|Born||October 27, 1913|
|Died||September 4, 1990|
|Notable works||Pioneered the writing of personalized obituaries|
Alden Whitman (October 27, 1913 - September 4, 1990) was an American journalist. He worked at The New York Times, where he pioneered writing personalized obituaries. He is also known for his testimony before the Senate Internal Security Subcommittee. He was born in New Albany, Nova Scotia, and he died on a visit to Monte Carlo, Monaco.
Whitman worked as a copy editor at the New York Herald Tribune from 1943 to 1951. He was hired as a copy editor by The New York Times in 1951.
Subpoenaed by the Senate Internal Security Subcommittee during its investigation of Communists in the media in November 1955, Whitman testified before the Senate in January 1956. Whitman was implicated in Winston Burdett's testimony before the subcommittee in July 1955. Whitman refused to name other people as Communists, and he was indicted in December 1956 for contempt of Congress; the case was later dismissed. Under questioning from subcommittee counsel J.G. Sourwine, Whitman admitted his own involvement with the Communist Party from 1935 to 1948. He also told Sourwine he was a member of a cell with "perhaps a half-dozen members" at the New York Herald Tribune when he worked there.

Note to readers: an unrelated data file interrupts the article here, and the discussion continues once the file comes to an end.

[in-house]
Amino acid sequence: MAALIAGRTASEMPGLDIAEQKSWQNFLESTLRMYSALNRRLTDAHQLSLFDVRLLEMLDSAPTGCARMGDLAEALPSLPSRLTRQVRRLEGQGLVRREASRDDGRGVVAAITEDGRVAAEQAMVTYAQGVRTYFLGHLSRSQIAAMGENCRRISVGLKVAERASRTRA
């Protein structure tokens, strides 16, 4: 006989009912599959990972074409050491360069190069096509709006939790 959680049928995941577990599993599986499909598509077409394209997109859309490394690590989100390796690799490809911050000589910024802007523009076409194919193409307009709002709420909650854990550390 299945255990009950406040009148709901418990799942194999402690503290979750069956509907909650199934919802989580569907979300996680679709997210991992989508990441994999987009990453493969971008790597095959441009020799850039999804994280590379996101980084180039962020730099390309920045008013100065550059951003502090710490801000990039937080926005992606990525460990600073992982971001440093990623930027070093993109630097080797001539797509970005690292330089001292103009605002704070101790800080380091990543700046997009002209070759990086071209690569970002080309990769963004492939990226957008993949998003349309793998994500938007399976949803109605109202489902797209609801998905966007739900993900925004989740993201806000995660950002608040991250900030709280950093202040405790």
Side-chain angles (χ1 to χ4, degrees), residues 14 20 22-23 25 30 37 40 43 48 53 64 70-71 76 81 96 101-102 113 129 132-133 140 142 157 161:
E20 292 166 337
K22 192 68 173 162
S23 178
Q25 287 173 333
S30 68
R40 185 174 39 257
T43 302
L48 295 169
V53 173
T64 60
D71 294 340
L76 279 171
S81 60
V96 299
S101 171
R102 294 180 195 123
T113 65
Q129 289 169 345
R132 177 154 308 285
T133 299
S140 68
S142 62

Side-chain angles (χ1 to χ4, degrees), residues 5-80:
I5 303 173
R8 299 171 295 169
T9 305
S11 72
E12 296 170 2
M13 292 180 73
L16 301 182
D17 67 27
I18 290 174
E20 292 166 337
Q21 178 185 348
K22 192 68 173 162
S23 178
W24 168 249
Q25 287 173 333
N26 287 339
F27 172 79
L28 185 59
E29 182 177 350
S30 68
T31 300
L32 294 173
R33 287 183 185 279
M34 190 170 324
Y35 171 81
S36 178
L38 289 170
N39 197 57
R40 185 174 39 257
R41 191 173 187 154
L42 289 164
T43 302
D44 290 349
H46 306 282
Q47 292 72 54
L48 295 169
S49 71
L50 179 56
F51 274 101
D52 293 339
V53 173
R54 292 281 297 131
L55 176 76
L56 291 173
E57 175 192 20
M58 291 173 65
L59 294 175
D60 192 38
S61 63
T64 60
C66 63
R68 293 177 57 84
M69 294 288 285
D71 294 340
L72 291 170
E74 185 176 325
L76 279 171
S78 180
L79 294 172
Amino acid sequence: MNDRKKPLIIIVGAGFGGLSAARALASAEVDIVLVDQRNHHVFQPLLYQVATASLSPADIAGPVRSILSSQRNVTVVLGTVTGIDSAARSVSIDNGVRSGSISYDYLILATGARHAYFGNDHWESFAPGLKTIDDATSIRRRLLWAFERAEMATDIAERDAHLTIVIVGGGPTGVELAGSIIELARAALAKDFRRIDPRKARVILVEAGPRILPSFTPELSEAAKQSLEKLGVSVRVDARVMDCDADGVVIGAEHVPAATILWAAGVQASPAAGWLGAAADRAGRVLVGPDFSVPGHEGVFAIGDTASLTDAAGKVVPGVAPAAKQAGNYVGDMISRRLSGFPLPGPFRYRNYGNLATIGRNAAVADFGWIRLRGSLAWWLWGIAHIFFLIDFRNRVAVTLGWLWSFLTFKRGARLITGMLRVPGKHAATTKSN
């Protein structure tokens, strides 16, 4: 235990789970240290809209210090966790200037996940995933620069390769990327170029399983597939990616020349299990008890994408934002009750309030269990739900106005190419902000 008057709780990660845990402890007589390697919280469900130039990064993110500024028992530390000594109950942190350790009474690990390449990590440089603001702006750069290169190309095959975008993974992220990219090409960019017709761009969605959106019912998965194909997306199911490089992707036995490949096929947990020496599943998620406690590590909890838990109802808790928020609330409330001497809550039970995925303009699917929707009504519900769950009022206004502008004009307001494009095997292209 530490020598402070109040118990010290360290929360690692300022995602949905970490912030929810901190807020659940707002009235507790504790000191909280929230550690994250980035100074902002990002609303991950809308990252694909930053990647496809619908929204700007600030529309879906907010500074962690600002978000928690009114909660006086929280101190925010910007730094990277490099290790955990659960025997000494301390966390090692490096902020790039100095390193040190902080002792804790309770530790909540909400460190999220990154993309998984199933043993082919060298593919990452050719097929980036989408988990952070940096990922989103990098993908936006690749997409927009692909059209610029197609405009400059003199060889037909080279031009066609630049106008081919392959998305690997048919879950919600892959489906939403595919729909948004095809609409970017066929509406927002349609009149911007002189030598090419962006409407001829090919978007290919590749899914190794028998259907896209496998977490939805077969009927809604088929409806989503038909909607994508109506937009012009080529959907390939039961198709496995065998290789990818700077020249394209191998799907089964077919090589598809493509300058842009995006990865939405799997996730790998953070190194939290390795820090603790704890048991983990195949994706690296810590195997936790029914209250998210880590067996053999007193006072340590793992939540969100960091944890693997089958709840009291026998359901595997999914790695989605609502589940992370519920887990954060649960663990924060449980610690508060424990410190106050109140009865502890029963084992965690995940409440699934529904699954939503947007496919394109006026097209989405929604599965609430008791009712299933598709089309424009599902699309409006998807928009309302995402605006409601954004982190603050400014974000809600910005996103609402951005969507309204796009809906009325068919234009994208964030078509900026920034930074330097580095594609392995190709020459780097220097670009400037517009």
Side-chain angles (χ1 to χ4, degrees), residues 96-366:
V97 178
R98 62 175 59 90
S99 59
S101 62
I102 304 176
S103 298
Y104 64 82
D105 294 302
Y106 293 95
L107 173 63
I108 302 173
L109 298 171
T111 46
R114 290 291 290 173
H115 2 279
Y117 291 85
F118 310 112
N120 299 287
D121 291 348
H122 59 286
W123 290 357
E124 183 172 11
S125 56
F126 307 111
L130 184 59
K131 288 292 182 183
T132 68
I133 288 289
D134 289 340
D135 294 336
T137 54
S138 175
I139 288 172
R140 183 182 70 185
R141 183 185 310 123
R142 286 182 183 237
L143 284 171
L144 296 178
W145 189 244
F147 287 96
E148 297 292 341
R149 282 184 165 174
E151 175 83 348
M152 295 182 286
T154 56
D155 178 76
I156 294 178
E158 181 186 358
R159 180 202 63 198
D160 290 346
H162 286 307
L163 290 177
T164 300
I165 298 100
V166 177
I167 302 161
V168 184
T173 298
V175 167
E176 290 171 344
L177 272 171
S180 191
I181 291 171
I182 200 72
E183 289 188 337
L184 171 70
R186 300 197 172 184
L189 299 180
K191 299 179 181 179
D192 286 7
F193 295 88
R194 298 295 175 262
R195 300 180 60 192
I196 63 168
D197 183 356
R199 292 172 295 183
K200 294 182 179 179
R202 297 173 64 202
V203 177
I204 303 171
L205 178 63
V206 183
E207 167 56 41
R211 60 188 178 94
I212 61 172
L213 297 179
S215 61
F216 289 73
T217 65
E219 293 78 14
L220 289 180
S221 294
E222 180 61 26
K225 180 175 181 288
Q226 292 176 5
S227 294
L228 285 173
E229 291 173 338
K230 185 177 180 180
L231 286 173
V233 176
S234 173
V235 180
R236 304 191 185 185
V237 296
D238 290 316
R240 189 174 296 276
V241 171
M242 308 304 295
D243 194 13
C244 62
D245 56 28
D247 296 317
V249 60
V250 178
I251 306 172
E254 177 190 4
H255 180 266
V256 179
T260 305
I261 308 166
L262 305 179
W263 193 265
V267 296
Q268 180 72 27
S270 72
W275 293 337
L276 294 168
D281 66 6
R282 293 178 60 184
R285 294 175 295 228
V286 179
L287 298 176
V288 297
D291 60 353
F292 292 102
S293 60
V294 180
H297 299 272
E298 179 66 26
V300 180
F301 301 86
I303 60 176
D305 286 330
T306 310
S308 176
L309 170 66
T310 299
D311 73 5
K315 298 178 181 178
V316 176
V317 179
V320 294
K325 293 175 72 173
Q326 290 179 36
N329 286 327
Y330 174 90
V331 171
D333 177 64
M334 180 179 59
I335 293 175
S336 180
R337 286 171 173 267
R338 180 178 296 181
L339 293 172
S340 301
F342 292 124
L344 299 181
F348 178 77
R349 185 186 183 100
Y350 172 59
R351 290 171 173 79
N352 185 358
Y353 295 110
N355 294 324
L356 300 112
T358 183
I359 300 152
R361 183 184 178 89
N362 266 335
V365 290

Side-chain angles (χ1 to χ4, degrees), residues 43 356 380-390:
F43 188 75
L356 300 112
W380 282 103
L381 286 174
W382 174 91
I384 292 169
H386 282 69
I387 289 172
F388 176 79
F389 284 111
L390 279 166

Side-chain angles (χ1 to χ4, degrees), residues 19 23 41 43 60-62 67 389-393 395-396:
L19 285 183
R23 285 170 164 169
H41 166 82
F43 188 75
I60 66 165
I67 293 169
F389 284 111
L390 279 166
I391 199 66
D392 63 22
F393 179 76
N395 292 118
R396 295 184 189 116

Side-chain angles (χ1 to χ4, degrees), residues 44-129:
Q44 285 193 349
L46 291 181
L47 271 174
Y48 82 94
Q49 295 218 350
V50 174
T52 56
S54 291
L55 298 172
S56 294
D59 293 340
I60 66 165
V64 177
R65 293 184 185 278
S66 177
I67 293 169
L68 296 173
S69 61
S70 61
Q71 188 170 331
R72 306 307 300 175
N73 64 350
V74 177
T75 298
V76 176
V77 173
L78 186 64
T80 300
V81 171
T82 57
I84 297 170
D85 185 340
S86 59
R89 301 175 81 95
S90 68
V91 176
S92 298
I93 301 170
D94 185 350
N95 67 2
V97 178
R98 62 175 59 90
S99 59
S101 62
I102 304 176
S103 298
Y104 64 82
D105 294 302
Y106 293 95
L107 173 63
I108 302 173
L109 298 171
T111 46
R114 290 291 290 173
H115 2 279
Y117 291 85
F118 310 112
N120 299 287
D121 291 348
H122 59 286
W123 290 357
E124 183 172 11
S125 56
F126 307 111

In the 1980s Whitman suffered a debilitating stroke which left him blind. His wife, Joan, hired several Long Island University college students to come to their home in Southampton, New York, to engage in a daily ritual of reading Whitman stories from major newspapers and weekly magazines.
1979: George Polk Awards (Career Award)
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